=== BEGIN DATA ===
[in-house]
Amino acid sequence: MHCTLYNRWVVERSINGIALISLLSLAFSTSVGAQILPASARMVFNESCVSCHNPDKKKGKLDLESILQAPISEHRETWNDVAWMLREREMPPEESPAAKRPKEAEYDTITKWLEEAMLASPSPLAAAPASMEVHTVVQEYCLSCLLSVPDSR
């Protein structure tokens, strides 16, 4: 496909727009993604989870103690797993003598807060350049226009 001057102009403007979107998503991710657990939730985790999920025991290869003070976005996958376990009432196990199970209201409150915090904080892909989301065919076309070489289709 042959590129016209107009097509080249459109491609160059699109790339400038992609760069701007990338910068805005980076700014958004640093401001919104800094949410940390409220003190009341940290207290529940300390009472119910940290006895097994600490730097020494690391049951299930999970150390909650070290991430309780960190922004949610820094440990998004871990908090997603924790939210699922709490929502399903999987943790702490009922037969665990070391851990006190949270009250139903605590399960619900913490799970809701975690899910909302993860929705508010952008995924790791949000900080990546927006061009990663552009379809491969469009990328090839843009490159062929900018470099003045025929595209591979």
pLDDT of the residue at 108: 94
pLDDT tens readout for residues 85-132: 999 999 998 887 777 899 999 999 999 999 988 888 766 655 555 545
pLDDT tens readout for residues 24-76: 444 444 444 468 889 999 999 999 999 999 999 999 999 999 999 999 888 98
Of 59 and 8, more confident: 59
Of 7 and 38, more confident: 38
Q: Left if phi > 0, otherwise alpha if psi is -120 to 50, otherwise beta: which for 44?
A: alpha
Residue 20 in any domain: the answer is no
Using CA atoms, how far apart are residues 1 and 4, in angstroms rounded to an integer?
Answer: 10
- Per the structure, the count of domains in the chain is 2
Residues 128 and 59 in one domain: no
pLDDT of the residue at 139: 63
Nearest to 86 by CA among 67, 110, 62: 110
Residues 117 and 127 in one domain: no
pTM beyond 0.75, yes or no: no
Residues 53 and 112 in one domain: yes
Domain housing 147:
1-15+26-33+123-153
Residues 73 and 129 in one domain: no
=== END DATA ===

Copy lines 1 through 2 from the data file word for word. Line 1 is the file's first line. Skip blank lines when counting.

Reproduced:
[in-house]
Amino acid sequence: MHCTLYNRWVVERSINGIALISLLSLAFSTSVGAQILPASARMVFNESCVSCHNPDKKKGKLDLESILQAPISEHRETWNDVAWMLREREMPPEESPAAKRPKEAEYDTITKWLEEAMLASPSPLAAAPASMEVHTVVQEYCLSCLLSVPDSR